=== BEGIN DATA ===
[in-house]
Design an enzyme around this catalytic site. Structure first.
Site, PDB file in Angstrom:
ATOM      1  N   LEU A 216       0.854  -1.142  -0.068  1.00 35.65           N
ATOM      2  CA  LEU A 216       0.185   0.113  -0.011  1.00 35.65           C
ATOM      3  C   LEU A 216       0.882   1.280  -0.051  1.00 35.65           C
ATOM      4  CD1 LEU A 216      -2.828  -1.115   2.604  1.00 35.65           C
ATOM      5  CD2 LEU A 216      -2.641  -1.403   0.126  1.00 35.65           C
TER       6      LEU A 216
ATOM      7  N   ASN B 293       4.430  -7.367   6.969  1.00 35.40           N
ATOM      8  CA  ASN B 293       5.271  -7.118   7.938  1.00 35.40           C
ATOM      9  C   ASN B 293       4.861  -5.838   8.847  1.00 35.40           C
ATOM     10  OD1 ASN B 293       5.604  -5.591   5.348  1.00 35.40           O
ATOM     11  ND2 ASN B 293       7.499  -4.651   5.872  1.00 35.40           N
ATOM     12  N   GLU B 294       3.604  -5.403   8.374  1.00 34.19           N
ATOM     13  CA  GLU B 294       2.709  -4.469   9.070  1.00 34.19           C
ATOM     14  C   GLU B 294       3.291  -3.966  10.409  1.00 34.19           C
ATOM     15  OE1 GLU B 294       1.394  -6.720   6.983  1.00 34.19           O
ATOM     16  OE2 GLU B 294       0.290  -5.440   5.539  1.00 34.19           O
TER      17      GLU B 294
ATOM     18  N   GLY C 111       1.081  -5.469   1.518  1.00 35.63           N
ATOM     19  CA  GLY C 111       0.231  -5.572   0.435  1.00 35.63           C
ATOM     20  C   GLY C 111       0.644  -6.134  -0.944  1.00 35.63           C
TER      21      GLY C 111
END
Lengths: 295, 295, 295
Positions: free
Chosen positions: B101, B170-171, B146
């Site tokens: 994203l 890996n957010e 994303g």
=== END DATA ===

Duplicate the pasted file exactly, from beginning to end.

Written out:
[in-house]
Design an enzyme around this catalytic site. Structure first.
Site, PDB file in Angstrom:
ATOM      1  N   LEU A 216       0.854  -1.142  -0.068  1.00 35.65           N
ATOM      2  CA  LEU A 216       0.185   0.113  -0.011  1.00 35.65           C
ATOM      3  C   LEU A 216       0.882   1.280  -0.051  1.00 35.65           C
ATOM      4  CD1 LEU A 216      -2.828  -1.115   2.604  1.00 35.65           C
ATOM      5  CD2 LEU A 216      -2.641  -1.403   0.126  1.00 35.65           C
TER       6      LEU A 216
ATOM      7  N   ASN B 293       4.430  -7.367   6.969  1.00 35.40           N
ATOM      8  CA  ASN B 293       5.271  -7.118   7.938  1.00 35.40           C
ATOM      9  C   ASN B 293       4.861  -5.838   8.847  1.00 35.40           C
ATOM     10  OD1 ASN B 293       5.604  -5.591   5.348  1.00 35.40           O
ATOM     11  ND2 ASN B 293       7.499  -4.651   5.872  1.00 35.40           N
ATOM     12  N   GLU B 294       3.604  -5.403   8.374  1.00 34.19           N
ATOM     13  CA  GLU B 294       2.709  -4.469   9.070  1.00 34.19           C
ATOM     14  C   GLU B 294       3.291  -3.966  10.409  1.00 34.19           C
ATOM     15  OE1 GLU B 294       1.394  -6.720   6.983  1.00 34.19           O
ATOM     16  OE2 GLU B 294       0.290  -5.440   5.539  1.00 34.19           O
TER      17      GLU B 294
ATOM     18  N   GLY C 111       1.081  -5.469   1.518  1.00 35.63           N
ATOM     19  CA  GLY C 111       0.231  -5.572   0.435  1.00 35.63           C
ATOM     20  C   GLY C 111       0.644  -6.134  -0.944  1.00 35.63           C
TER      21      GLY C 111
END
Lengths: 295, 295, 295
Positions: free
Chosen positions: B101, B170-171, B146
């Site tokens: 994203l 890996n957010e 994303g």